About the beard

I’m not a big fan of television, but it is impossible to escape knowing a little bit about television in our culture. In the first place, television is omnipresent. Waiting rooms from the shop that works on my car to the doctor’s office all have televisions. The pharmacy even has a television. Every living room in every nursing home in town has a television, usually with the volume turned up above my comfort level. There are televisions in hospital rooms and it is common for homes to have more television sets than bedrooms. We still buck the trend with a lone television set in our basement that is not hooked up to cable.

But I do watch a bit of television on my computer from time to time, primarily clips instead of complete programs. And yes, I do know the names of some of the personalities who are famous because of their roles in television.

I learned about the fact that David Letterman has grown a full beard, however, not from television, but from a piece in the New York Times. Judging from the photographs in that piece, he looks considerably different than was the case when he appeared clean-shaven in a suit and a tie for thousands of evenings of late night television. According to the article, Mr. Letterman said, “I just got tired of shaving every day, but then it became something else, and I’m not quite sure what it became. The beard is a good reminder to me that that was a different life. I’m hopeful that I will either find something else, or something else will be presented to me.”

I guess I’d have to do the opposite if I were to go for a completely different look upon retirement. Although I sported a beard on my wedding day 43 years ago, I was clean shaven for the rest of that summer as I worked in a bakery. However, that fall, when I returned to school, I grew the beard again and I have not shaved it off since. My children and grandchildren have never seen me without a beard. The members of the churches I serve have never seen me without a beard. After 43 years, I guess I don’t know what I’d look like without a beard.

It isn’t that I’m opposed to shaving, though I’m sure the skin under that beard is pretty tender and would be irritated by shaving. In fact the style of beard that i wear requires trimming. I keep part of my cheeks and my neck shaved. It has become so much a part of my appearance that I don’t give it much thought.

I remember a couple of factors in my first growing of a beard. I thought that there was a certain academic look to a beard. I was trying to fit into college and a lot of my professors sported beards. I guess I thought that it made them look wise. Then there was the simple fact that I could grow a beard. Shaving isn’t a thing that children have to contemplate. I was college age before I was able to grow a beard and the first beard was a bit thin. I have sported with a longer beard at times, but I prefer the look of my beard trimmed. It really grows fast - at least twice as fast as the hair in my head. If I let it go six weeks between a good trimming I begin to look like Santa Claus. I can trim it myself, but when I go to the barber shop the results are straighter and look better.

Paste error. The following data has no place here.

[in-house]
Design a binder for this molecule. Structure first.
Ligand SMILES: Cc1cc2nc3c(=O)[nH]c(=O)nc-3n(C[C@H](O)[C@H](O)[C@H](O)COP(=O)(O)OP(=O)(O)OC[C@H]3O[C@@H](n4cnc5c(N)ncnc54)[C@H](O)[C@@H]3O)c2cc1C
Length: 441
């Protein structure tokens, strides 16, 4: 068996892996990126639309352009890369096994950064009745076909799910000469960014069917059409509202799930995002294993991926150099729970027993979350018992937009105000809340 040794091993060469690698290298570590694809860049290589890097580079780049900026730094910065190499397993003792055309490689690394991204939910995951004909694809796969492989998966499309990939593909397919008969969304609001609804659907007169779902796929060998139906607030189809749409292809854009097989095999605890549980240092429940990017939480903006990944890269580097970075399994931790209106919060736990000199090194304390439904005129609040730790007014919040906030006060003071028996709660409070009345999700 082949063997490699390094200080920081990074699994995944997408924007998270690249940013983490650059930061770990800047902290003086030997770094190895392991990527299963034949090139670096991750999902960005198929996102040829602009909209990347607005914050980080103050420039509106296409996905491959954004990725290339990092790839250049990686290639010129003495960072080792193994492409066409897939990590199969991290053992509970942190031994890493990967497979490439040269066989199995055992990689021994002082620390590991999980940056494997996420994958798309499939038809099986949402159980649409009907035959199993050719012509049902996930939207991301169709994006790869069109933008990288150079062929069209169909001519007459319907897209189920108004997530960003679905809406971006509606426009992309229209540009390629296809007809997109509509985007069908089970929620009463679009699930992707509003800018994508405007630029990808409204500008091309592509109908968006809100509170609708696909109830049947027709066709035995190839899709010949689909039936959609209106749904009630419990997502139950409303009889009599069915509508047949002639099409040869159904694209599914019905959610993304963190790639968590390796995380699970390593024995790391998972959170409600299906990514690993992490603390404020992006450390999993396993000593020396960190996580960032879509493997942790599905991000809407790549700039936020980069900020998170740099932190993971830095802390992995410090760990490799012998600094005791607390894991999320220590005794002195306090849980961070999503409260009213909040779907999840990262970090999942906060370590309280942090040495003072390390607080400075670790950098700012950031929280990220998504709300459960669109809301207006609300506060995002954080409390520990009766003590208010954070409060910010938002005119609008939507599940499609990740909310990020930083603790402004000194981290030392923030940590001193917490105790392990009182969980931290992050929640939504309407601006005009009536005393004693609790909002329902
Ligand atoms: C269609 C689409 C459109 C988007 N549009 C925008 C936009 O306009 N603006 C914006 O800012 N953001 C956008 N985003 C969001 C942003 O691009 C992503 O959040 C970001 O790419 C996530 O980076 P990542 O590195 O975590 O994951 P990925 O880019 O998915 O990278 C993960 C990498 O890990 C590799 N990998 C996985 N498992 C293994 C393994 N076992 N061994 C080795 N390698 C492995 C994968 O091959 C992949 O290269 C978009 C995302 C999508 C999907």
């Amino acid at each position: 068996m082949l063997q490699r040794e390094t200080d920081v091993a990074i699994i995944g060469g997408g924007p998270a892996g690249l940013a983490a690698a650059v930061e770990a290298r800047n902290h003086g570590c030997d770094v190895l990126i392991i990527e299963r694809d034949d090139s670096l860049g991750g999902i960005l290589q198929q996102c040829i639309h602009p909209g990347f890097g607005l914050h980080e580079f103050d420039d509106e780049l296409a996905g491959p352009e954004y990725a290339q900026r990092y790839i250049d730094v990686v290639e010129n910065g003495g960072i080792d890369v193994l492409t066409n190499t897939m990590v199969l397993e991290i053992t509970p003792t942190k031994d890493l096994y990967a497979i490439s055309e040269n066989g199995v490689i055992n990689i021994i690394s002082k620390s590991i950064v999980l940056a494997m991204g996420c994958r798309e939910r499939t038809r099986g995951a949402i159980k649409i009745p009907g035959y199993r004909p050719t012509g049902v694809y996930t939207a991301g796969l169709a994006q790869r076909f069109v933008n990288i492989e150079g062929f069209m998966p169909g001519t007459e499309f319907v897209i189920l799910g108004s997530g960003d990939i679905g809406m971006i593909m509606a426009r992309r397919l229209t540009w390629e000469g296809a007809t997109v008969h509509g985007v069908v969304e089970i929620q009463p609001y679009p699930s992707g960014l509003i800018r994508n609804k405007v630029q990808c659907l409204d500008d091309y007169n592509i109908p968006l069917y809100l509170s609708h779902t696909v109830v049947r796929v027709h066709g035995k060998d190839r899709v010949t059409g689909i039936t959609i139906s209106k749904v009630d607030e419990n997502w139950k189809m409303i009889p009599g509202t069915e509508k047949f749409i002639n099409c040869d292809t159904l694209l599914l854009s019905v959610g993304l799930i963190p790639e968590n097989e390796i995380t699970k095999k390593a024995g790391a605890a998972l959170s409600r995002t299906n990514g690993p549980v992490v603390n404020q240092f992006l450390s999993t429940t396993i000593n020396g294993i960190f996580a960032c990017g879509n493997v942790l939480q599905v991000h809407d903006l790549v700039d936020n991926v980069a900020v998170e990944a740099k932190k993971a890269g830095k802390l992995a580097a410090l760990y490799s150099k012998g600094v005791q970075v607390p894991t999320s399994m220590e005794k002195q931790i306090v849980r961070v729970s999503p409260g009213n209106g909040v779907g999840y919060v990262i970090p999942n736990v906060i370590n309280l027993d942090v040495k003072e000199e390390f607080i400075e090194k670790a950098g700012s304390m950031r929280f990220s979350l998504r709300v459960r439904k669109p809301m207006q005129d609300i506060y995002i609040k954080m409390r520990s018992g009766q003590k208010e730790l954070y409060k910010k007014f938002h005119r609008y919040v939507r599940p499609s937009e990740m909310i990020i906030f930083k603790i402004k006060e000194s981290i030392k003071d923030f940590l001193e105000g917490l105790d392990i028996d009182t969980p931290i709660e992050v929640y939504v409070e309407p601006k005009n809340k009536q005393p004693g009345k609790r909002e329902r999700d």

There is quite a bit of religious symbolism associated with beards. Sikhism, Islam and some sects of Judaism require men to keep beards. I don’t belong to a group that requires beards and I’m not sure of the religious symbolism of beards but most depictions of Jesus show him with a beard, so I have to admit it is a bit of a factor in my own faith tradition. Historically there have been sects of Christianity where beards were banned, especially among clergy, but those bans have been relaxed during my lifetime. Orthodox Christian priests almost always sport beards.

The beard is a sign of being an adult male. We’re the ones who can grow beards. When I first grew my beard I was working summers for my father delivering machinery and I would get a fair amount of teasing from the men of the Hutterite colony where we often made trips. It seems that in that particular colony men don’t grow beards until they have become a father, but from that point onward they constantly sport a beard.

The truth is that I have trouble associating much deep meaning with a beard. It seems to me to be more of a fashion statement than anything else. It is a choice that has very little social consequence in our society. There are many different styles of facial hair among men.

I have a young friend who likes to sport a wide variety of different looks. Sometimes he will grow out a full beard and often he will grow his hair longer when he is sporting a beard. Then, one day, he’ll shave off the beard and get his hair cut short. He has, at least once, shaved all of the hair off of his head. He just likes having different appearances and getting different reactions from family and friends. I make it a point to comment and react to his sudden changes and he always responds with a smile and a laugh. He enjoys making changes and he enjoys having people notice.

I’m not quite that adventurous. I guess I’m more shaped by habit. I don’t want to be surprised by the image in the mirror first thing in the morning.

So, unlike David Letterman, I have no plans for changing my appearance when I finally decide to retire. I’ll probably keep wearing the same clothes and, other than the slow process of aging, which has already turned my beard white, I doubt that I’ll make many adjustments in appearance.

You never know, however. It would just take me a few minutes to shave it off.

Copyright (c) 2016 by Ted E. Huffman. I wrote this. If you would like to share it, please direct your friends to my web site. If you'd like permission to copy, please send me an email. Thanks!